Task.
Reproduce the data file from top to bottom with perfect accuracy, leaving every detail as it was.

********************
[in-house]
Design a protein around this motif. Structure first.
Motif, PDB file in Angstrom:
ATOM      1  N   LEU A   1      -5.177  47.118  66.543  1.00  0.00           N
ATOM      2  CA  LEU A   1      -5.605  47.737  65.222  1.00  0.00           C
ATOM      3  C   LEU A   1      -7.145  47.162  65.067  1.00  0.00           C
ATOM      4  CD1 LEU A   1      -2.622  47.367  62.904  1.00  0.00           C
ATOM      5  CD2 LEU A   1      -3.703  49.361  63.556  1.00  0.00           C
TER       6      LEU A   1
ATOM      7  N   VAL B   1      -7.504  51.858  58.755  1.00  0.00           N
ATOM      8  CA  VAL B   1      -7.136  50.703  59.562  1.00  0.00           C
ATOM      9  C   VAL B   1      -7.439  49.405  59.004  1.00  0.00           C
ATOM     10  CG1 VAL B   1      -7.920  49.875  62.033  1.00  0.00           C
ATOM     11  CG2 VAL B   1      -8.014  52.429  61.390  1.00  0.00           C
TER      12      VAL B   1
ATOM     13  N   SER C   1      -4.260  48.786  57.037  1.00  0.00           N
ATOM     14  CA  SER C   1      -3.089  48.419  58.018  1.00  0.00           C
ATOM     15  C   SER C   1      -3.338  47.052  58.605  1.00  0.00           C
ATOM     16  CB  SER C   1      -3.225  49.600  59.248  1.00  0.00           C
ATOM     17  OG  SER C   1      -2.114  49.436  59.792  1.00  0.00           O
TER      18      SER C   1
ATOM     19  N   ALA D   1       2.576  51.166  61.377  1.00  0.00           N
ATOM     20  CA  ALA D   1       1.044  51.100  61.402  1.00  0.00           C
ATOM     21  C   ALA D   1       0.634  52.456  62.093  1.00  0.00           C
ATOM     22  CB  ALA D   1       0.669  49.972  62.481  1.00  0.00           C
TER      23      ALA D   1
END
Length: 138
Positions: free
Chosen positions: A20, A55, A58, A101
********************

[in-house]
Design a protein around this motif. Structure first.
Motif, PDB file in Angstrom:
ATOM      1  N   LEU A   1      -5.177  47.118  66.543  1.00  0.00           N
ATOM      2  CA  LEU A   1      -5.605  47.737  65.222  1.00  0.00           C
ATOM      3  C   LEU A   1      -7.145  47.162  65.067  1.00  0.00           C
ATOM      4  CD1 LEU A   1      -2.622  47.367  62.904  1.00  0.00           C
ATOM      5  CD2 LEU A   1      -3.703  49.361  63.556  1.00  0.00           C
TER       6      LEU A   1
ATOM      7  N   VAL B   1      -7.504  51.858  58.755  1.00  0.00           N
ATOM      8  CA  VAL B   1      -7.136  50.703  59.562  1.00  0.00           C
ATOM      9  C   VAL B   1      -7.439  49.405  59.004  1.00  0.00           C
ATOM     10  CG1 VAL B   1      -7.920  49.875  62.033  1.00  0.00           C
ATOM     11  CG2 VAL B   1      -8.014  52.429  61.390  1.00  0.00           C
TER      12      VAL B   1
ATOM     13  N   SER C   1      -4.260  48.786  57.037  1.00  0.00           N
ATOM     14  CA  SER C   1      -3.089  48.419  58.018  1.00  0.00           C
ATOM     15  C   SER C   1      -3.338  47.052  58.605  1.00  0.00           C
ATOM     16  CB  SER C   1      -3.225  49.600  59.248  1.00  0.00           C
ATOM     17  OG  SER C   1      -2.114  49.436  59.792  1.00  0.00           O
TER      18      SER C   1
ATOM     19  N   ALA D   1       2.576  51.166  61.377  1.00  0.00           N
ATOM     20  CA  ALA D   1       1.044  51.100  61.402  1.00  0.00           C
ATOM     21  C   ALA D   1       0.634  52.456  62.093  1.00  0.00           C
ATOM     22  CB  ALA D   1       0.669  49.972  62.481  1.00  0.00           C
TER      23      ALA D   1
END
Length: 138
Positions: free
Chosen positions: A20, A55, A58, A101